Comparing the communication problem with machine learning
by The Bayesian Observer
In the problem of communicating information from point A to point B, we are faced with the task of dealing with a noisy channel that sits between A and B and corrupts or distorts the signal fed into it. A and B can be points in time intend of points in space – for e.g. recording data on some medium, such as a compact disk. Our goal is to take information produced by a source, and map it to a signal that can be carried by our intended channel, in such a way that when this signal is fed into the channel at point A, the distorted version produced by the channel at point B can be used by us to faithfully recover the original information with little or no change in meaning of the original information. In solving this problem, we first try to understand the nature of distortion that the channel creates, and based on this knowledge, we design an appropriate mapping between the original information emitted by the information source, and the signal that is fed into the channel. This process is called encoding. Using the knowledge of the type of distortion produced by the channel, we can then use the distorted signal at B and map it to our guess of the original information emitted by the source. This process is called decoding. The study of how to create efficient encoding and decoding strategies for specific types of channels is called coding theory.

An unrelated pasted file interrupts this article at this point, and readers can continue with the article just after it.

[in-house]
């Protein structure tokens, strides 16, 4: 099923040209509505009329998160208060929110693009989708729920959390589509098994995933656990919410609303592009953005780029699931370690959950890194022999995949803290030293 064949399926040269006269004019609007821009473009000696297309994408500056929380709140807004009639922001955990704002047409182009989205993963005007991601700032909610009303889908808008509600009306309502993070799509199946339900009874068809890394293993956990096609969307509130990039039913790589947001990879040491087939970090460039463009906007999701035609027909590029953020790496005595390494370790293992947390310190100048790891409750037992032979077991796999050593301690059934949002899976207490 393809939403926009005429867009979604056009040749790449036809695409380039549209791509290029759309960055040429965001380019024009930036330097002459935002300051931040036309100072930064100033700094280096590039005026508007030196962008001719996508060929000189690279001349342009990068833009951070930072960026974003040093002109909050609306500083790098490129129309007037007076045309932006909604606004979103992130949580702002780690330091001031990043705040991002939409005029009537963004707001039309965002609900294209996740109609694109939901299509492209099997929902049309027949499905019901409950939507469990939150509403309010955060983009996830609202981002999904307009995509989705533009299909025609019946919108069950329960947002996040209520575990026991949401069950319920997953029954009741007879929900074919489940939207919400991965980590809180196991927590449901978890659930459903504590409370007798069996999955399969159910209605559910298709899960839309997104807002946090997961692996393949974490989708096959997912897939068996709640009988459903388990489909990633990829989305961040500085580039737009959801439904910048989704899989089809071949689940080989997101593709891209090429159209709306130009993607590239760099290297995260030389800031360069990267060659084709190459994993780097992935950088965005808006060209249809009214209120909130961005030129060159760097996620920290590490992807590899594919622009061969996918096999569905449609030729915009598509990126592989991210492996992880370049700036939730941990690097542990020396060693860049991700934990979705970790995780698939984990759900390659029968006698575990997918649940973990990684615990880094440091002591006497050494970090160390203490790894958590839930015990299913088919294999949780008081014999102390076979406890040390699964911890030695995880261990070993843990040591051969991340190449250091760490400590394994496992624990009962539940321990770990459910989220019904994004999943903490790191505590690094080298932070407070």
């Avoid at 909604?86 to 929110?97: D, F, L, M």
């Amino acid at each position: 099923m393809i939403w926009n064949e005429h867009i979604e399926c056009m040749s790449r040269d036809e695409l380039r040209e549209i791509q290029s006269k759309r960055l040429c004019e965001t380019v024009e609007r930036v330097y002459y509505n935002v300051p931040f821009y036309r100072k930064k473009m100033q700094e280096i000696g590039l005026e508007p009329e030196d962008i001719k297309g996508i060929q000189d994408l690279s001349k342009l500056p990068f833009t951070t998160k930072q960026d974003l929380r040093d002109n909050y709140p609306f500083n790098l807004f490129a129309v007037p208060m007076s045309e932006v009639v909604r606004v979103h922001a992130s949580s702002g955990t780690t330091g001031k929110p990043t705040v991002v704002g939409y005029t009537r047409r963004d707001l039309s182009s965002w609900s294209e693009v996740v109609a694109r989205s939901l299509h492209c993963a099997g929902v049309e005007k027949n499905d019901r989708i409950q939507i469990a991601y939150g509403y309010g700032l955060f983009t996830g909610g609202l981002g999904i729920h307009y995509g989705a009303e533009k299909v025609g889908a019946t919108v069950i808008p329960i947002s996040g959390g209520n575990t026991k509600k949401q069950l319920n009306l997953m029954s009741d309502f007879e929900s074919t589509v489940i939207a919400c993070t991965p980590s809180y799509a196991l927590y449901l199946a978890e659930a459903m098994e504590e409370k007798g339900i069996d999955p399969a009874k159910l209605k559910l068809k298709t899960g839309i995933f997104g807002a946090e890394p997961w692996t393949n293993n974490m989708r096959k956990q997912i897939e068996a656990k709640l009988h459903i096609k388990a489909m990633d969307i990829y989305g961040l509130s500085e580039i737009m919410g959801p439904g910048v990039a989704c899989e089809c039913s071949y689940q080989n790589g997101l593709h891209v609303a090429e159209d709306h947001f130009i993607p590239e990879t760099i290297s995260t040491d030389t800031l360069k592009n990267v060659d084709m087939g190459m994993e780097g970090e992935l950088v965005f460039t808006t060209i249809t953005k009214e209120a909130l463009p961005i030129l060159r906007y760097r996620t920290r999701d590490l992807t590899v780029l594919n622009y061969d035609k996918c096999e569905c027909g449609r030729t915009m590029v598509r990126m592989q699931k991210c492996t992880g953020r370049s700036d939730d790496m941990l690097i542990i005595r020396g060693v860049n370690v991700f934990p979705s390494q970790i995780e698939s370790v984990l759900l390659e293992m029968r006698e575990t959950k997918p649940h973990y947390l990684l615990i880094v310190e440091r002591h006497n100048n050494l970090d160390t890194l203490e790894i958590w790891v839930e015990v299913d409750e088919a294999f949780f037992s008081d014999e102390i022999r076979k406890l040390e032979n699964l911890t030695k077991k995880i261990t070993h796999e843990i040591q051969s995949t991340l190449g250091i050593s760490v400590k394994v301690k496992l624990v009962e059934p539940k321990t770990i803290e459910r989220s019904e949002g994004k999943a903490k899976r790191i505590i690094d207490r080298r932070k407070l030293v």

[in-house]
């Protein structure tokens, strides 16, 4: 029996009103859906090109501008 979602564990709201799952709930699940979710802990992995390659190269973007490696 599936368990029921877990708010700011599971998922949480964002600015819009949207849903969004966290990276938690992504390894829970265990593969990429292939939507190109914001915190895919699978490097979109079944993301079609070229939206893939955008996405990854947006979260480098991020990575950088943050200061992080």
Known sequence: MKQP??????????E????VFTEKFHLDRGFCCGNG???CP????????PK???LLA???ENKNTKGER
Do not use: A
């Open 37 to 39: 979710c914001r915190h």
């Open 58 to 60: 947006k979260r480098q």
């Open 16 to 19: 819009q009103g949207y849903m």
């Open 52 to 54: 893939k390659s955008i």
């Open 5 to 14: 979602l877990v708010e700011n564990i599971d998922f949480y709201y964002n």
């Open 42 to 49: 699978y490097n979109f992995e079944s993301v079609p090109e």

In machine learning, we are placed at point B and at point A is a source of information that is not under our control. There is no entity sitting at point A creating a mapping from the original information to a signal appropriate for the channel in order to better withstand the distortions the channel will produce. The channel between A and B is ‘nature’. We are faced without the task of figuring out the original information at the information source by observing the signal emitted by the channel at B. To do this, we attempt to learn a function that can correctly map the signal output by the channel at B to the original information at A. In terms of the communication problem, we are attempting to learn the decoding rule in the communication problem above, even though we do not have prior knowledge about the nature of distortion produced by the channel. In supervised learning, we are given several input-output pairs of the channel, and we attempt to learn this function that correctly maps the output to the input. Once we have estimated this function, we apply it to estimate the original information for instances where only the output of the channel is known.